Monday, October 01, 2007

Town vs. Gown: Classical (?) Christian Education in Idaho

The college handbook forbids students to embrace or promote “doctrinal errors” from the 4th through the 21st centuries, “such as Arianism, Socinianism, Pelagianism, Skepticism, Feminism.
Thanks to Shaw for pointing us to a fascinating story from the 9.30.07 New York Times about a private Idaho college that aims to incorporate classical learning into a curriculum that, the founder says, aspires to a "medieval" protestantism.

This reference, from deep in the story, might be worth looking at in light of Dante's project to situate classical and biblical traditions in and through his own work:
In the early 20th century, a Dutch theologian named Cornelius Van Til introduced a kind of theology called presuppositionalism. He argued that no assumptions are neutral and that the human mind can comprehend reality only if proceeding from the truth of biblical revelation. In other words, it is impossible for Christians to reason with non-Christians. presuppositionalism is a strangely postmodern theory that denies the possibility of objectivity — though it does not deny the existence of truth, which belongs to Christians alone.
At one point the college's founder, Doug Wilson, says:
“There are circumstances in which I’d be in favor of execution for adultery. . . . I’m not proposing legislation. We’re saying, Let’s set up the Christian worldview, and our descendants 500 years from now can work out the knotty problems.”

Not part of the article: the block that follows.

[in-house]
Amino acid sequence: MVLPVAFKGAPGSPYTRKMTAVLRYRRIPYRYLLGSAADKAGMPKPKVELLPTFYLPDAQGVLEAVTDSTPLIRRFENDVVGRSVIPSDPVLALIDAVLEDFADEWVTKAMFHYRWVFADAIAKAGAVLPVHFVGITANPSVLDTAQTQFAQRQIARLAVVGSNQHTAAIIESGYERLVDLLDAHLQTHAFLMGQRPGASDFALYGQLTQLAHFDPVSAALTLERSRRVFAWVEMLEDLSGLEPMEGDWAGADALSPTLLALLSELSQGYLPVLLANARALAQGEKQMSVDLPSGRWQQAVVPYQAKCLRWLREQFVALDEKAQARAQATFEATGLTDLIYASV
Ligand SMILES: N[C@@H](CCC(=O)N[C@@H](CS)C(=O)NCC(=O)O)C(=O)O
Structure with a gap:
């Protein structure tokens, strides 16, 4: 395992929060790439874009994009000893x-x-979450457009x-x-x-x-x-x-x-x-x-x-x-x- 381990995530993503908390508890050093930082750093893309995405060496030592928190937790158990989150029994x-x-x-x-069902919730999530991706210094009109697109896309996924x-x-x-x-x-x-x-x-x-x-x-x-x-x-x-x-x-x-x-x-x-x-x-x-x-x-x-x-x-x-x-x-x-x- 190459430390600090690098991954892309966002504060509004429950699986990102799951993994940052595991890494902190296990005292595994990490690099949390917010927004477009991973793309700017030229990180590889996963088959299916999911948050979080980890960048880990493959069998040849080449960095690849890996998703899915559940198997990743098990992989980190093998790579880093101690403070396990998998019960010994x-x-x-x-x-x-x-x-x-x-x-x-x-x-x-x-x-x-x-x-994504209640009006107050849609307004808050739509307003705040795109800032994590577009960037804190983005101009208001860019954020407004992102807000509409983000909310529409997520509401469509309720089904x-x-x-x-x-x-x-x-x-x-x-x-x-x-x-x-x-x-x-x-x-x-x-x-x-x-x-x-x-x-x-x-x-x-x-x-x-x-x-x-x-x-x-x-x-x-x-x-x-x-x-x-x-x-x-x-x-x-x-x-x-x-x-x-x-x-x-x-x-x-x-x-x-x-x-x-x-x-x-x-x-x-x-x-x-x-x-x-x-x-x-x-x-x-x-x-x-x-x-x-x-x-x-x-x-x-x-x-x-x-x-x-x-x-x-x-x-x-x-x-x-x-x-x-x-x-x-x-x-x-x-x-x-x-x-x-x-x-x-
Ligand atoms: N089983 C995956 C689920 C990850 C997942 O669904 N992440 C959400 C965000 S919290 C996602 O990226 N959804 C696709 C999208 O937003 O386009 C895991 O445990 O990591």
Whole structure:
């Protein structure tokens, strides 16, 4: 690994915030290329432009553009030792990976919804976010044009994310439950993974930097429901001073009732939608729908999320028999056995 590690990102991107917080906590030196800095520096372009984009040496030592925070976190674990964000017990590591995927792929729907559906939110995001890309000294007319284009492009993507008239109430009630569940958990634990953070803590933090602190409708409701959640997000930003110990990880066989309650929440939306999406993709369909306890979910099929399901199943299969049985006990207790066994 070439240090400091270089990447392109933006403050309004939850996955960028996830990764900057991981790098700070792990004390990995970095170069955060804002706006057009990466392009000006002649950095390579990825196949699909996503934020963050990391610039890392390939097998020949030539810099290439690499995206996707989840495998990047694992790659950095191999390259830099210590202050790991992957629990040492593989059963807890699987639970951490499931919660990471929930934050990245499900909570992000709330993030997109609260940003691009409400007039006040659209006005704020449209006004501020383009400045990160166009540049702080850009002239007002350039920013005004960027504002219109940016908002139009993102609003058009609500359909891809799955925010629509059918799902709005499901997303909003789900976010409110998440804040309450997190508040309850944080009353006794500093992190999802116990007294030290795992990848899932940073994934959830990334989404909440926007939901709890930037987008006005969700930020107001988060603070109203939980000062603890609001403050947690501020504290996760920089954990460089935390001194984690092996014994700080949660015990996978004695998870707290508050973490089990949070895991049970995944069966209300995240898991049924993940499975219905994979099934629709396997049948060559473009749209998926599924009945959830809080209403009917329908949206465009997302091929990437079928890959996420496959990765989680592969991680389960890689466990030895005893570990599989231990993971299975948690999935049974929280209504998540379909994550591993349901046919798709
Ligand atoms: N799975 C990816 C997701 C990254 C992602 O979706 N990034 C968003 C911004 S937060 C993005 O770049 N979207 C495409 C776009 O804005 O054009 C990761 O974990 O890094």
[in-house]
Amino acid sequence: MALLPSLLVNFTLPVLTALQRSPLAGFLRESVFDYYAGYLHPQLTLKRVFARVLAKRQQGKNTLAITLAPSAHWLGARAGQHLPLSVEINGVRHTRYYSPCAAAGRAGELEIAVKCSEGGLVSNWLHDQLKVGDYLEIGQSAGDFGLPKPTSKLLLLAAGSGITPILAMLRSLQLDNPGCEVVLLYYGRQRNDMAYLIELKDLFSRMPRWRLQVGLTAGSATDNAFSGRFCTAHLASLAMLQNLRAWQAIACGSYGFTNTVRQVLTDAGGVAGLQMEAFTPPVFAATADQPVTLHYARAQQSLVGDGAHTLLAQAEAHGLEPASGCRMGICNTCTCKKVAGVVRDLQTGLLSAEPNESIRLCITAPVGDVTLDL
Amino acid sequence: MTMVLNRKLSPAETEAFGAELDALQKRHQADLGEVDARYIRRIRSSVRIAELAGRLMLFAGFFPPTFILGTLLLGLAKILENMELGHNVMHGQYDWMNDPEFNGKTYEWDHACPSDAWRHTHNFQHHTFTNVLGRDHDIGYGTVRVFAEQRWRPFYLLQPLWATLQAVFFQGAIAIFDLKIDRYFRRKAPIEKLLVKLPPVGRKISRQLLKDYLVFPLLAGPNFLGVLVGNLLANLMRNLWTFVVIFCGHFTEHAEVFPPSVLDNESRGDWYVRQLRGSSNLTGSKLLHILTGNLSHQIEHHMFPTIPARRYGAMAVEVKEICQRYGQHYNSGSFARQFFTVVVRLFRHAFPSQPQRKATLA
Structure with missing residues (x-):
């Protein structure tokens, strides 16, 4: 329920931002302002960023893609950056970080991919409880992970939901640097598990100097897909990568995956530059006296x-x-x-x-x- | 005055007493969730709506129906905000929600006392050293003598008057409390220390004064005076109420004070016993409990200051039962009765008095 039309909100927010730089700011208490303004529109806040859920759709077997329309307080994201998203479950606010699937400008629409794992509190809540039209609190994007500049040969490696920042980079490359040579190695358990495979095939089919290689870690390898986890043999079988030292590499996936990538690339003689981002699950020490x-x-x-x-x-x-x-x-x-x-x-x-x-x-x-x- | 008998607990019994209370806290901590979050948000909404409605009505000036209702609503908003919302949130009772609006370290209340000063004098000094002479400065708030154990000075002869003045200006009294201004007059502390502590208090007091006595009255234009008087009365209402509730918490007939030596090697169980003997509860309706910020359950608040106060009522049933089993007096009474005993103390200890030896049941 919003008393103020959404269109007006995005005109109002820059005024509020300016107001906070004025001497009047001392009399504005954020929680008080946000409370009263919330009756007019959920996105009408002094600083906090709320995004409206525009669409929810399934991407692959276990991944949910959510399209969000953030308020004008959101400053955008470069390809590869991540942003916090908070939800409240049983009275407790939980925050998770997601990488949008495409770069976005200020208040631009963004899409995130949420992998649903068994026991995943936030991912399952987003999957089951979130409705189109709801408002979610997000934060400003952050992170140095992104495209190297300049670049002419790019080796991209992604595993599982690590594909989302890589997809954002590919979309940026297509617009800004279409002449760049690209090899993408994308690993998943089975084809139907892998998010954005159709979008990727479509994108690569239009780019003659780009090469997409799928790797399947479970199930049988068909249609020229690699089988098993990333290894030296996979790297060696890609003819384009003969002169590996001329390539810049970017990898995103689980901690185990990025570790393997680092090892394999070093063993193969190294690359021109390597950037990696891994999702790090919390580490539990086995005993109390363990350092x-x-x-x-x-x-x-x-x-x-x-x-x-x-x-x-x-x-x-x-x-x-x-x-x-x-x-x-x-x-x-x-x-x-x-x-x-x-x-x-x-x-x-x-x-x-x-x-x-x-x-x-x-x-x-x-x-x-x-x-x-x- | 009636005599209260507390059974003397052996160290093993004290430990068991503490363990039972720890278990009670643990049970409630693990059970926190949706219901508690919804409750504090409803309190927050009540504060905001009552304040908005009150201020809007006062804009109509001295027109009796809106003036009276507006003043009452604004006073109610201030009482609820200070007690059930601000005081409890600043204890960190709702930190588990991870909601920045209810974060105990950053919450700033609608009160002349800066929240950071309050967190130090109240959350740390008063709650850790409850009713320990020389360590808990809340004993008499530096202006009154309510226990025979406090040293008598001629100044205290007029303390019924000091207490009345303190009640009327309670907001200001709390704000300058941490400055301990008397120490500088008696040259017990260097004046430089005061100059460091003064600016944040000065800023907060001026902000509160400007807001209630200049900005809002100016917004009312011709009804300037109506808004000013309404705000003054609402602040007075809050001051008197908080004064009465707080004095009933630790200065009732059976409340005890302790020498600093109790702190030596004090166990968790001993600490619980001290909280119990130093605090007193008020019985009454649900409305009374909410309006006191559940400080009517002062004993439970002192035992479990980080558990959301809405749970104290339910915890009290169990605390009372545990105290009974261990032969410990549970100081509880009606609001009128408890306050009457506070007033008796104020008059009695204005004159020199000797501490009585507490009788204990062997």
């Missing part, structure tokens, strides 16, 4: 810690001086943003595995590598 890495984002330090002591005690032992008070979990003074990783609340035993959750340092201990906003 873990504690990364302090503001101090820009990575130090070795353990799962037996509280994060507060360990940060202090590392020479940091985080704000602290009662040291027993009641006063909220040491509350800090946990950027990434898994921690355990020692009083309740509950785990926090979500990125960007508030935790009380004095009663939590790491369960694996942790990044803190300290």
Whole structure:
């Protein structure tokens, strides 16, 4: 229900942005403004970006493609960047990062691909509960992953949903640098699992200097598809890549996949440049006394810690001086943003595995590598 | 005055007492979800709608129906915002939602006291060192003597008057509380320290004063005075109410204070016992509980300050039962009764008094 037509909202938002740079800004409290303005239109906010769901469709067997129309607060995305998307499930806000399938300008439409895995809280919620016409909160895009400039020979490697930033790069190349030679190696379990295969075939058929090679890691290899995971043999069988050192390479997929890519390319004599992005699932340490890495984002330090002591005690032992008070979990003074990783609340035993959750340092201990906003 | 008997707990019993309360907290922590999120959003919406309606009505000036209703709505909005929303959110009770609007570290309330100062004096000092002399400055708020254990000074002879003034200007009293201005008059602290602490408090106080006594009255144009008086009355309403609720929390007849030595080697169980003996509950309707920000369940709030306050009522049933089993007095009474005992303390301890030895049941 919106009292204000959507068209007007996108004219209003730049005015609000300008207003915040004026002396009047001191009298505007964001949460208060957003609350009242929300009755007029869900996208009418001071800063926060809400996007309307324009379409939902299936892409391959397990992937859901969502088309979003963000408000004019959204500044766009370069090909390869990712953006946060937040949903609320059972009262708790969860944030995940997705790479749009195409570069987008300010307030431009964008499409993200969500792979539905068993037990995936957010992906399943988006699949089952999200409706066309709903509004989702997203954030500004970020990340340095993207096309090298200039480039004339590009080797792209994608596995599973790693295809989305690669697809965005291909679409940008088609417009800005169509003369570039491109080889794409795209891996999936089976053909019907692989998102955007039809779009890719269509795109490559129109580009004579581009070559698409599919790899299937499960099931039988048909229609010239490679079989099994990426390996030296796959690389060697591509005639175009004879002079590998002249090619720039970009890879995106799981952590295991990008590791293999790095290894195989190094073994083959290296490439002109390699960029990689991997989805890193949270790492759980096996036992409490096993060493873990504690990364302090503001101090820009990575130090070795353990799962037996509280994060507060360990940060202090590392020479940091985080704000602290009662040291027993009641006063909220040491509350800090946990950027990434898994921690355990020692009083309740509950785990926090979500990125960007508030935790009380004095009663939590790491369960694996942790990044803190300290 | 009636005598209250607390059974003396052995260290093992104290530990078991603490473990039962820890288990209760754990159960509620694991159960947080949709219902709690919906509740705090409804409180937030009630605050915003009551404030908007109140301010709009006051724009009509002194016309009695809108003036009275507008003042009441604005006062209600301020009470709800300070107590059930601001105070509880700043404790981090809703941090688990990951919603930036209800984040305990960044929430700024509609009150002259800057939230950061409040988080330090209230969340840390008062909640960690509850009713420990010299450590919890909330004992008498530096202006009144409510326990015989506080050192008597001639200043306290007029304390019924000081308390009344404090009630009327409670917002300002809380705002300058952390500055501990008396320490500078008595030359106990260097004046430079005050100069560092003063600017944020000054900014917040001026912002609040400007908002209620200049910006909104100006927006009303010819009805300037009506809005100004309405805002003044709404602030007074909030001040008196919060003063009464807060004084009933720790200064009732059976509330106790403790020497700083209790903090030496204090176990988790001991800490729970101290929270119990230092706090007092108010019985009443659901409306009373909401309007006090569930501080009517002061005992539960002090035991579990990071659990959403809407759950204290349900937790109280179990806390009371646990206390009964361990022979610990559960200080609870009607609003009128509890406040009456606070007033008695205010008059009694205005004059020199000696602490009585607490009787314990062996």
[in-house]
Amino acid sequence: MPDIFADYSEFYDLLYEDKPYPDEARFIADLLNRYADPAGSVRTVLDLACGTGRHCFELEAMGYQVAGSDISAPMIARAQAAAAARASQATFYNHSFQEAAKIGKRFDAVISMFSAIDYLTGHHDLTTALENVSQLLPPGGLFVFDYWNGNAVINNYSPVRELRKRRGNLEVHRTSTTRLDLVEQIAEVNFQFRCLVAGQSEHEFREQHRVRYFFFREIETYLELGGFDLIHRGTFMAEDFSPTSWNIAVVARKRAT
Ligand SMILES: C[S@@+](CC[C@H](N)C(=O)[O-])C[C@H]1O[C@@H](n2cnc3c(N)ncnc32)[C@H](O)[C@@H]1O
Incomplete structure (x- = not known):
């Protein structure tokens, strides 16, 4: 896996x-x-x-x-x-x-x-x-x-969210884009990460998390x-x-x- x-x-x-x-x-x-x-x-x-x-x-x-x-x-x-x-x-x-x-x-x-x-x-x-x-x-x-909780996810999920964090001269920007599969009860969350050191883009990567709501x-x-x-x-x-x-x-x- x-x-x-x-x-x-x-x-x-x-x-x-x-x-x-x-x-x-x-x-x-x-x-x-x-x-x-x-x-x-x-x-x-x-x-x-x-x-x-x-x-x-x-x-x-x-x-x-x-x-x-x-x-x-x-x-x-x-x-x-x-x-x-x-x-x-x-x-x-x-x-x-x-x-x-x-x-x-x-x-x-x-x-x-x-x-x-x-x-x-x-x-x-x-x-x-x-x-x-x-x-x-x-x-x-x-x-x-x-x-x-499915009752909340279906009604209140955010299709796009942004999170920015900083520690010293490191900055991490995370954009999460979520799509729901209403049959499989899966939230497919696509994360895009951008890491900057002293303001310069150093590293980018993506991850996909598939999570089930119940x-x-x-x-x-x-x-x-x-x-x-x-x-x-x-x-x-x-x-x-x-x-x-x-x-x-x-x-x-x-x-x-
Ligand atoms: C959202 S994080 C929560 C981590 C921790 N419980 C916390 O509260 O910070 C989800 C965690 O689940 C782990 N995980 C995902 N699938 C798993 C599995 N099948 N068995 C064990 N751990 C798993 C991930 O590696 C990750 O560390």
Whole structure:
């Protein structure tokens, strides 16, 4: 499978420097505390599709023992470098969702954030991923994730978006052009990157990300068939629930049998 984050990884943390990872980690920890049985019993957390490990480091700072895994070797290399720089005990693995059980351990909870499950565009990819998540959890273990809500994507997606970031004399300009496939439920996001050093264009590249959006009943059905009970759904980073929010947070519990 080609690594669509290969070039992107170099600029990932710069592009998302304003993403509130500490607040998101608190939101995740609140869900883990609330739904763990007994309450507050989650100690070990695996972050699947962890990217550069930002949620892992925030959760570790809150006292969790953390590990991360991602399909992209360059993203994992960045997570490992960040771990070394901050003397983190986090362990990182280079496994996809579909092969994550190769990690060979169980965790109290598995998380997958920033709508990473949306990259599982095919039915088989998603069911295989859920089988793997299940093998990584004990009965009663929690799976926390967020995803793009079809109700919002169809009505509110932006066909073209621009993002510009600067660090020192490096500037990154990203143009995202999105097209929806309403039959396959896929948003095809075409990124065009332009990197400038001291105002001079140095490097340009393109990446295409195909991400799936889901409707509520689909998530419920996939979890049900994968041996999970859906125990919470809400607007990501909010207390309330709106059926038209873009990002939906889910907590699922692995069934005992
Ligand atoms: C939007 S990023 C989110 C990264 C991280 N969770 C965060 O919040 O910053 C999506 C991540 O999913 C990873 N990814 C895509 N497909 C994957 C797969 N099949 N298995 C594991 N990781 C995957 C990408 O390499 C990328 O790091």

How prevalent might be Christians who'd agree to this matching their notion of "the Christian worldview?" Or, in the noble tradition of "What would Jesus do? (WWJD)" we can ask WWDS: "What would Dante say?"

2 comments:

Salemm said...

I think it would have been better stated if the writer had said that since modern seculars and bibical christians start with very different presuppositions, it is very difficult to have a conversation because the even the words they use mean different things. I don't think it is impossible for this conversation to occur, but both sides need to understand what they believe and then make sure that the terminology used is defined and understood.

Regarding, Doug's remark about adultery, I'm sure most christians would disagree. After all, Christ prevented the stoning of the woman caught in adultery. I have known Doug Wilson for many years and he tends to say things that he knows will push people's buttons. This can be problematic and explains to a degree the animus he arouses in those who disagree with him.

tom said...

Thanks for your comment, and for sharing your experience. In some ways, despite all the back-and-forth of faith vs. reason, sacred vs. secular, one could agree with some conviction that not only is it "very difficult to have a conversation," but that in many instances, the conversation has yet to begin. Much talking past one another, for the reason you cite. But how easy is it to clear the ground for examining, openly and with a sense of the complexities, the "very different presuppositions" underlying so much of this discourse?